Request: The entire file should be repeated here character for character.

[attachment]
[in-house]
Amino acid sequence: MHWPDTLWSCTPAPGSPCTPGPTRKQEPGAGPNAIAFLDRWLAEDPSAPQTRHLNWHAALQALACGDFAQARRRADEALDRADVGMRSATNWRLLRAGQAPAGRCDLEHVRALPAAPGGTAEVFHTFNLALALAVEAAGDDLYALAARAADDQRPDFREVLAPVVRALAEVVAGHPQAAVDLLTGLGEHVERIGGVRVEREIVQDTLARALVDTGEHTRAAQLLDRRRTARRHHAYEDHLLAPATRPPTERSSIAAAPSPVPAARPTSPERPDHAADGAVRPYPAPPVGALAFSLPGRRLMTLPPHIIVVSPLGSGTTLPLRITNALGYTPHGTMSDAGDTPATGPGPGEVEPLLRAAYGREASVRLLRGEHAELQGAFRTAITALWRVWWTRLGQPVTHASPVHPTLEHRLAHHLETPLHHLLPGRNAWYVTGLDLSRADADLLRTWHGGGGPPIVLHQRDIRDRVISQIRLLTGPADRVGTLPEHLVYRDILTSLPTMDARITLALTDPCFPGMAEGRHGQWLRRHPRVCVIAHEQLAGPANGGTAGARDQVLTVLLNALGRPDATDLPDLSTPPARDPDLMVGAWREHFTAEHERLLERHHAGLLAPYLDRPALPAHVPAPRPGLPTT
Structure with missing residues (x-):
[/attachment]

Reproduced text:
[in-house]
Amino acid sequence: MHWPDTLWSCTPAPGSPCTPGPTRKQEPGAGPNAIAFLDRWLAEDPSAPQTRHLNWHAALQALACGDFAQARRRADEALDRADVGMRSATNWRLLRAGQAPAGRCDLEHVRALPAAPGGTAEVFHTFNLALALAVEAAGDDLYALAARAADDQRPDFREVLAPVVRALAEVVAGHPQAAVDLLTGLGEHVERIGGVRVEREIVQDTLARALVDTGEHTRAAQLLDRRRTARRHHAYEDHLLAPATRPPTERSSIAAAPSPVPAARPTSPERPDHAADGAVRPYPAPPVGALAFSLPGRRLMTLPPHIIVVSPLGSGTTLPLRITNALGYTPHGTMSDAGDTPATGPGPGEVEPLLRAAYGREASVRLLRGEHAELQGAFRTAITALWRVWWTRLGQPVTHASPVHPTLEHRLAHHLETPLHHLLPGRNAWYVTGLDLSRADADLLRTWHGGGGPPIVLHQRDIRDRVISQIRLLTGPADRVGTLPEHLVYRDILTSLPTMDARITLALTDPCFPGMAEGRHGQWLRRHPRVCVIAHEQLAGPANGGTAGARDQVLTVLLNALGRPDATDLPDLSTPPARDPDLMVGAWREHFTAEHERLLERHHAGLLAPYLDRPALPAHVPAPRPGLPTT
Structure with missing residues (x-):